TDI Timing Revisited


Veteran Member
Oct 31, 2014
Canada's Ocean Playground
2013 Golf TDI DSG

As best I understand it the OP says to keep setting the initial timing higher until you aren't getting initial and actual to match, then go back where they are matching. Where did I make a wrong turn?
You didn't make a wrong turn per se, but you're looking at too many things at the same time. This thread is supposed to be about ignition timing...setting it, adapting it, whatever. The IQ is separate from the timing. Take some time to read up on IQ, EGR, and MAF...they are three entirely separate topics from the injection timing.

LOL! Yeah, pretty hard to dispute after reading it. For me I'd already "tested" what so many others were promoting.
I tested it as well, and my car was running like a dog, so I didn't even leave it long enough to check MPG. I put it back to stock specs. I believe you really need a proper ECU tune if you want the car to work well without the EGR. Personally, I don't mind cleaning the intake out...I don't see what the big deal is with it. My car runs like a top and gets good MPG with the EGR system intact...I'll deal with cleaning it every now and then.


Veteran Member
Aug 15, 2007
2000 Jetta
I run 5 degrees advanced in adaption and then set the pump so the duty cycle is 2.9%. I ignore the timing graph.

Specified vs Actual are both 5.5 degrees

With this setup I have run well over 100k miles with no problems and a solid 4-5mpg increase over stock timing.
I tried this route this afternoon and the car seems to run better.


Top Post Dawg
Dec 24, 2014
2000 & 2003 Golf GLS (2005 Mercedes E320 CDI)
Matt, are you still going by/with this?

I have a little to add to aNUT's method of obtaining a good match between the pump's static and dynamic timing settings.

Rather than use measuring block 004 to match things up, I use measuring block 000, field 2. That is the raw timing data in much more fine increments than found in measuring block 004.

Typically, once the engine is fully warmed up, thermostat opened (around 87-95C preferably) that is when you check the timing.

Goto measuring block zero, make note of what the number in field 2 is. With it fully warmed up, it should be in the 55-62 range at idle. If it's higher than that, you likely have the pump statically set higher than what the computer is requesting.

Hit basic settings, note the change in field 2. If no change happens, the pump is in fact statically set more advanced than what the computer is requesting.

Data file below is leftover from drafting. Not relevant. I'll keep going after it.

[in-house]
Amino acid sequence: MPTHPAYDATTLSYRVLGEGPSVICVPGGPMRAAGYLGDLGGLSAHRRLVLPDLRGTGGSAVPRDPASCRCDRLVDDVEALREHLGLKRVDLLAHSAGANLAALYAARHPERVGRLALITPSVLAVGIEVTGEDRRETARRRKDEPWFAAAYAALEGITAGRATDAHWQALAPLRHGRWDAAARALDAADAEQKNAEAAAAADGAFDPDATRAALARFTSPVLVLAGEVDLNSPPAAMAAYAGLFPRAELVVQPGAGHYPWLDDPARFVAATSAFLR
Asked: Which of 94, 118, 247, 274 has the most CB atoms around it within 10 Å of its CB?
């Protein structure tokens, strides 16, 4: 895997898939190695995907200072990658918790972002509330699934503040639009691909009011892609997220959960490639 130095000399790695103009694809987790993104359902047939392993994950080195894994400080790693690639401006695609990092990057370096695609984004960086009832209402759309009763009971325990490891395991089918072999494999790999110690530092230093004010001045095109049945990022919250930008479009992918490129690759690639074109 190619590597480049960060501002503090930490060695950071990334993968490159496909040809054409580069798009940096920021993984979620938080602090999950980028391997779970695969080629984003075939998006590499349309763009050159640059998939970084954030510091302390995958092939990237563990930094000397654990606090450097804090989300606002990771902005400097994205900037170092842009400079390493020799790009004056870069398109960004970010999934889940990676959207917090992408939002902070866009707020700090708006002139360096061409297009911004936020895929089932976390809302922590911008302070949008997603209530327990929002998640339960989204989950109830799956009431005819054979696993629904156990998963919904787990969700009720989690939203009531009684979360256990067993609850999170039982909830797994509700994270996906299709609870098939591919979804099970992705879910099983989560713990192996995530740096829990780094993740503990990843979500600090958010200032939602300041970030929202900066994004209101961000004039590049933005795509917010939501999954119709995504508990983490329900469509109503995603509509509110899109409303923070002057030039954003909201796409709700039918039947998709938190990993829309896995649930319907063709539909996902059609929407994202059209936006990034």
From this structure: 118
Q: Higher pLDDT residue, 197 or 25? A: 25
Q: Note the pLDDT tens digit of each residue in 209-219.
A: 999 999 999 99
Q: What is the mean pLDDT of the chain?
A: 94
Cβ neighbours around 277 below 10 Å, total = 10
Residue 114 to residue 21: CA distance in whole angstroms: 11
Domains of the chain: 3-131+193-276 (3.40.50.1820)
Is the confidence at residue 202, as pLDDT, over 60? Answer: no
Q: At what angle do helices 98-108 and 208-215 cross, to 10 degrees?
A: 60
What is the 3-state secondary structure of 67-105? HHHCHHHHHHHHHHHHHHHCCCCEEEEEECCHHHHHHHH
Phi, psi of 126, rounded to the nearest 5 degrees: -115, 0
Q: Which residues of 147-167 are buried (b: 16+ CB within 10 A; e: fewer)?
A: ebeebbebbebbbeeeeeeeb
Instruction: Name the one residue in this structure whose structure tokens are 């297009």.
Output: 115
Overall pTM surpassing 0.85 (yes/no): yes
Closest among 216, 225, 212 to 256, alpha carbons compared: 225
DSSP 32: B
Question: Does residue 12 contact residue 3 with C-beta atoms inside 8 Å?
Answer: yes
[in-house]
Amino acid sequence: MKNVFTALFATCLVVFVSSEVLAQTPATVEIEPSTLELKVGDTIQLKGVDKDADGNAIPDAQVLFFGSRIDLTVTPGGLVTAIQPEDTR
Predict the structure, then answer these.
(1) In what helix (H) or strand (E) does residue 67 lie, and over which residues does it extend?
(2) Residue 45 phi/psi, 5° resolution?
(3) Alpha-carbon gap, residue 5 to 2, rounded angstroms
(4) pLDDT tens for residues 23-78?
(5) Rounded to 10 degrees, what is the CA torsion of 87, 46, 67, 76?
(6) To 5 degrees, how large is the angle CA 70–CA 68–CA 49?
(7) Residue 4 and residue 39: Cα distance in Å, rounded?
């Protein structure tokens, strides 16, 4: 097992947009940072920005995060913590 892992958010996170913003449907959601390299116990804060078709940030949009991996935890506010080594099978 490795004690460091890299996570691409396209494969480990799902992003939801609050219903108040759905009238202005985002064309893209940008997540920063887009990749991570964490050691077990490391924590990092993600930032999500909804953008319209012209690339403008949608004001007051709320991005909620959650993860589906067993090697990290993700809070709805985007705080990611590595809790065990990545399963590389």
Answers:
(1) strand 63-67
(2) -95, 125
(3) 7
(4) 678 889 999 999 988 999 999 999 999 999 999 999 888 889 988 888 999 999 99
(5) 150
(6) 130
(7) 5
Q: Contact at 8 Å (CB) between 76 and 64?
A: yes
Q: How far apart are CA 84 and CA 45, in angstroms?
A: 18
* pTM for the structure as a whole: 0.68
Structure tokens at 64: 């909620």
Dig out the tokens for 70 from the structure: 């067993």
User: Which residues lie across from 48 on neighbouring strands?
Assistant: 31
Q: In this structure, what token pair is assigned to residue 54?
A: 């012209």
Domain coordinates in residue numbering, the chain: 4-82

If the number drops, the static setting is lower than what it's requesting. My experience has been that when the car is properly warmed up, the static setting vs. requested is practically right on the middle line, or around a value of 55 in field 2, measuring block 000.

So that's what I've been doing lately, I make the mechanical adjustment with the engine fully warm until I get the most minimal drop in measuring block 000 field 2 value when I switch to basic settings.

When you're done, you can double check your work in measuring block 4 if you like, but when done right, those two numbers (actual vs. requested) will absolutely match and the pump won't have to work very hard to get it there.

I have done this for a few customers very recently. I will have to try it on my Mk3 soon. Fuel economy has been less than optimal lately! Though, it may have something to do with my driving style... and the fact I frequently haul very heavy tools around (pretty much on the bump stops in the rear)!


Veteran Member
Aug 15, 2012
california socal
beetle TDI 2000
Just rummaging through the old and some new posts about pump mechanical initial timing set to the green top line ..and Laugh every time I read ..I Set mine to the center or just below I have tried both better MPG and MUCH better diesel type power ..if You want gasser type power the top advance setting works.

This below is all over the forum ..not Mine copy and paste

Advanced timing Pros:
- More power, particularly at high revs
- Improved MPGs
- Easier cold starts
- Less smoke
- Lower EGTs

Advanced timing Cons:
- Higher cylinder pressures
- Higher NOx emissions

Retarded timing Pros:
- Lower NOx emissions
- Lower cylinder pressures

Retarded timing Cons:
- Poor performance
- Poor MPGs
- More smoke (tons more with performance mods)
- Harder cold starts
- Higher EGTs
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Well-known member
Jan 28, 2014
1.9 TDI 1Z
I am newbie here so I don't know is this problem discused or not.
So when I drive with car in 3rd or 4th gear in WOT, I get, that my requsted timing drops. See in picture. What causes, that ECU is retarding the timing in load ?

I hope, that someone will help me with this problem.